Las víctimas olvidadas de Stanford ahora disponible en español

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Friday, July 25, 2014

Dallas lawyer at center of Houston trial over whether firm owed clients a warning on fraudster Allen Stanford

Robert Khuzami, director of the division of enforcement at the U.S. Securities and Exchange Commission, left, Carlo di Florio, director of the SEC's office of compliance inspections and examinations, center, and Rose Romero, director of the SEC's Fort Worth regional office, testify at a Senate Banking Committee hearing on the agency's probe of financier R. Allen Stanford's alleged Ponzi scheme, in Washington, D.C., U.S., on Wednesday, Sept. 22, 2010. The SEC told lawmakers that in face of criticism that it bungled fraud claims against Stanford it has strengthened its investigations. Photo by Joshua Roberts/Bloomberg

WASHINGTON — A Dallas lawyer is at the center of a legal malpractice dispute unfolding in a Houston courtroom this week. The jury trial starts Monday in a $51 million suit that pits the former owners of the Houston Galleria and its attached office towers against their former lawyers, Andrews Kurth LLP, a Houston-based firm with offices in Dallas and eight other cities.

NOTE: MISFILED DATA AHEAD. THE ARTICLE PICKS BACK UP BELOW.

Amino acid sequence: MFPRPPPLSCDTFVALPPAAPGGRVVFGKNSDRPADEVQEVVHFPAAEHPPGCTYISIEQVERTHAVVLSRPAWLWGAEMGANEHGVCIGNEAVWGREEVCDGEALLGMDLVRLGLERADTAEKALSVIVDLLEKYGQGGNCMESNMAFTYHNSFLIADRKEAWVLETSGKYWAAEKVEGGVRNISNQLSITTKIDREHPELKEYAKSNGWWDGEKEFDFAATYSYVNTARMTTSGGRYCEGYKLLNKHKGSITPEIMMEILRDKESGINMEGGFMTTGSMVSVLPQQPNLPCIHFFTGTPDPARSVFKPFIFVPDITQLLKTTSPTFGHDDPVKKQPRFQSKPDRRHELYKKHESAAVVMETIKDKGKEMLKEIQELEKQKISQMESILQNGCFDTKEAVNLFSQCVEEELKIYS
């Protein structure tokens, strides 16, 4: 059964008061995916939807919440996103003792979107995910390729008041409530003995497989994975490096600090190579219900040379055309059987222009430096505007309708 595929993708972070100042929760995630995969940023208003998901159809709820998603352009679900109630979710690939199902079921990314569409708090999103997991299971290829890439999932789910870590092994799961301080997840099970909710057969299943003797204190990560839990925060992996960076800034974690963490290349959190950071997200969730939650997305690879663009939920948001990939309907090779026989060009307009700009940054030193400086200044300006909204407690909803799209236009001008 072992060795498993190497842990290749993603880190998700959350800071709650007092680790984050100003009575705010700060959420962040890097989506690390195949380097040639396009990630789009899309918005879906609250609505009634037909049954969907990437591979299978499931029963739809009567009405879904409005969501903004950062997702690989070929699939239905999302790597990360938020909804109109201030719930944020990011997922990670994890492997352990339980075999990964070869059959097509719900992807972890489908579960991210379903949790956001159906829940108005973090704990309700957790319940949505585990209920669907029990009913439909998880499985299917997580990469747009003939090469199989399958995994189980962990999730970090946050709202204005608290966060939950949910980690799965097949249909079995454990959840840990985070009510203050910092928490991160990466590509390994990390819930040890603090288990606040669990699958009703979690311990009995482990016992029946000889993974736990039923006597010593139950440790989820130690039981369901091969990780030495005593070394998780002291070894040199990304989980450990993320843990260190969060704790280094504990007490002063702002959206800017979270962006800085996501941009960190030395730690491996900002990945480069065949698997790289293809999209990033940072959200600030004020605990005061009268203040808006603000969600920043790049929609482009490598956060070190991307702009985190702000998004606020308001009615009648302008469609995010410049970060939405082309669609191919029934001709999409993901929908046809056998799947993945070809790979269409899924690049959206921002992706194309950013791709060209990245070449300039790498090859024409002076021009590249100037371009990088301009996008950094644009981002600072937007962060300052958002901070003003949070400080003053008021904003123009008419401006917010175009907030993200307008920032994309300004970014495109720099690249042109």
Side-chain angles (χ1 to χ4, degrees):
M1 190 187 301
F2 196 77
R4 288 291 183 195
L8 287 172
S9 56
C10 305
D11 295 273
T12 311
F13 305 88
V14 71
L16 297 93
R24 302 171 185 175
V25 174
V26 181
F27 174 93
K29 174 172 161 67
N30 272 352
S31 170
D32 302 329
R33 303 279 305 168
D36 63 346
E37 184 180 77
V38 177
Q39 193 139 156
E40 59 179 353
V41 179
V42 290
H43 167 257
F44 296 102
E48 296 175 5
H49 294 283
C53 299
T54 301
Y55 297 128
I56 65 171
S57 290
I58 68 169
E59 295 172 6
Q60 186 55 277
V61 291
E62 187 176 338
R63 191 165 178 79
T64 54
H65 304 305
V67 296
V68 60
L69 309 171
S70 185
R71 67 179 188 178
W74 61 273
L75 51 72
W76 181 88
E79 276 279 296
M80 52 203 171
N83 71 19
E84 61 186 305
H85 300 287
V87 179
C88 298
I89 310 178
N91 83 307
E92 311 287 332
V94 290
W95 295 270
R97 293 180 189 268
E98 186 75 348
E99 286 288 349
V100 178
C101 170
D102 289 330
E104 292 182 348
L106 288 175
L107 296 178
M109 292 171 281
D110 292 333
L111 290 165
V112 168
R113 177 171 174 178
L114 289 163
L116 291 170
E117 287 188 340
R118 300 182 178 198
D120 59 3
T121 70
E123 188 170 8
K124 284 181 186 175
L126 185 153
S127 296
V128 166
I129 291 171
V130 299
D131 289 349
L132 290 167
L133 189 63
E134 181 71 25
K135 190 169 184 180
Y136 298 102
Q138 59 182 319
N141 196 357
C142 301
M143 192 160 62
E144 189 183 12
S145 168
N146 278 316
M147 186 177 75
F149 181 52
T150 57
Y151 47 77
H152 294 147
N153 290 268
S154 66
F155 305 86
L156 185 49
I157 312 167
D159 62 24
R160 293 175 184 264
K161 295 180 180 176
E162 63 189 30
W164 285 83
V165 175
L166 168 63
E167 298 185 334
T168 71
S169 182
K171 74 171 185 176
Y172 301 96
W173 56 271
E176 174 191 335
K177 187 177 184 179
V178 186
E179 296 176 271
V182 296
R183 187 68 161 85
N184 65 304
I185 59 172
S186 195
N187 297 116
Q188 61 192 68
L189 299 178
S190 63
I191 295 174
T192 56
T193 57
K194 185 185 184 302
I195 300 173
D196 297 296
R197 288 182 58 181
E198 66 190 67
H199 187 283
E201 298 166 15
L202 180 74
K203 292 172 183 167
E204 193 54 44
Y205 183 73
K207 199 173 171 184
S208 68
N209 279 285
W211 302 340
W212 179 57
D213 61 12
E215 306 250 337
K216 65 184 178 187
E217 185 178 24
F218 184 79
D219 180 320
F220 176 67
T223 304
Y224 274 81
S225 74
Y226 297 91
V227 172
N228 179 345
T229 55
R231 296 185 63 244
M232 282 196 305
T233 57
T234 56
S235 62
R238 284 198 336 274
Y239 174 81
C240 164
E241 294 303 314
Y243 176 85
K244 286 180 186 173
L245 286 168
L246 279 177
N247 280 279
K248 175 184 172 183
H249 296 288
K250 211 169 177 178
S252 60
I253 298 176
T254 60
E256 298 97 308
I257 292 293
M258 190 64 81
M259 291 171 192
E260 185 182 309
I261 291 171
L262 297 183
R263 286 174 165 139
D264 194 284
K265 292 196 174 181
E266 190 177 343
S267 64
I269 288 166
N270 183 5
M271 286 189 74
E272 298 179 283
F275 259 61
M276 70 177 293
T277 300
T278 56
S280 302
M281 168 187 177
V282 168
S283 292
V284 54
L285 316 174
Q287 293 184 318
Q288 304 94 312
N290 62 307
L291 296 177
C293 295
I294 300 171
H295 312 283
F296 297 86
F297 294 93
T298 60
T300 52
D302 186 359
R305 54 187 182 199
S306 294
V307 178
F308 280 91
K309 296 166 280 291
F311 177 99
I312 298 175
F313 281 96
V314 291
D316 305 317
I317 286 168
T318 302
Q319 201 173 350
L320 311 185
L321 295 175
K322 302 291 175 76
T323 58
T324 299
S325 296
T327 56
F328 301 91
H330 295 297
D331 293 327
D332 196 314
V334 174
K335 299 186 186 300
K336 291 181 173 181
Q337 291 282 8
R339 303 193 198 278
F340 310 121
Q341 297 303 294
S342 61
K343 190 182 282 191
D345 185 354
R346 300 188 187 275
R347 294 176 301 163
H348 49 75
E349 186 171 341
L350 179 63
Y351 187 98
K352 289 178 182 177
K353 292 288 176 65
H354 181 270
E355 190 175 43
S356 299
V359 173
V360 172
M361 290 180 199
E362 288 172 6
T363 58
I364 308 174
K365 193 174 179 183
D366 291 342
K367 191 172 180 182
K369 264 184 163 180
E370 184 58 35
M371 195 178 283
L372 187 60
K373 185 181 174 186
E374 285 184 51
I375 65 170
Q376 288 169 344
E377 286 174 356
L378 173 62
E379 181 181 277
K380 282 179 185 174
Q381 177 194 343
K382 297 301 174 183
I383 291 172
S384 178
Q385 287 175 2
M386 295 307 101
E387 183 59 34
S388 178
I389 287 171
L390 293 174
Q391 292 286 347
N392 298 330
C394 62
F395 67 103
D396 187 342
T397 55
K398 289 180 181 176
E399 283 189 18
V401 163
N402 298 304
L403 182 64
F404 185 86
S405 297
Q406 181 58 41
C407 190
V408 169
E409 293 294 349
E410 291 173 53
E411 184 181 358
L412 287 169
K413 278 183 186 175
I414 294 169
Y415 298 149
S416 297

A Harris County district court clerk said Friday the trial before Judge Bill Burke is scheduled to last two to three weeks. In it, lawyers for the former owners of the Houston Galleria will argue Andrews Kurth should have warned the real estate company that another of the law firm’s clients was under suspicion by the of SEC of massive fraud.

 Andrews Kurth represented both Walton Houston Galleria and R. Allen Stanford’s company, Stanford Financial Group, while the two companies were negotiating the long-term lease and possible purchase of the Galleria office buildings.

 Walton alleges that the law firm knew that its other client, Stanford, was under heavy suspicion of fraud by the Securities and Exchange Commission and should have warned the real estate firm that its long-term negotiations were at risk.

 To make its claim, the company has argued that the law firm knew of the SEC’s suspicions because its senior partners had spent months recruiting the chief of enforcement in the Fort Worth offices of the SEC, an attorney named Spencer Barasch.

 Andrews Kurth hired Barasch in 2005, just weeks before the SEC sent Stanford an official inquiry that would later trigger an all-out investigation. R. Allen Stanford would ultimately be convicted of fraud and be sentenced to 110 years in prison. His firm was responsible for one of the largest Ponzi schemes in U.S. history.

 Questions about Stanford Financial Group were raised repeatedly over the years, but the SEC under Barasch had declined to mount a formal investigation. A 2010 Office of Inspector General’s report by the SEC concluded that Barasch had been a key voice in scuttling inquiries into the company’s operations, which included selling certificates of deposit in a bank in Antigua.

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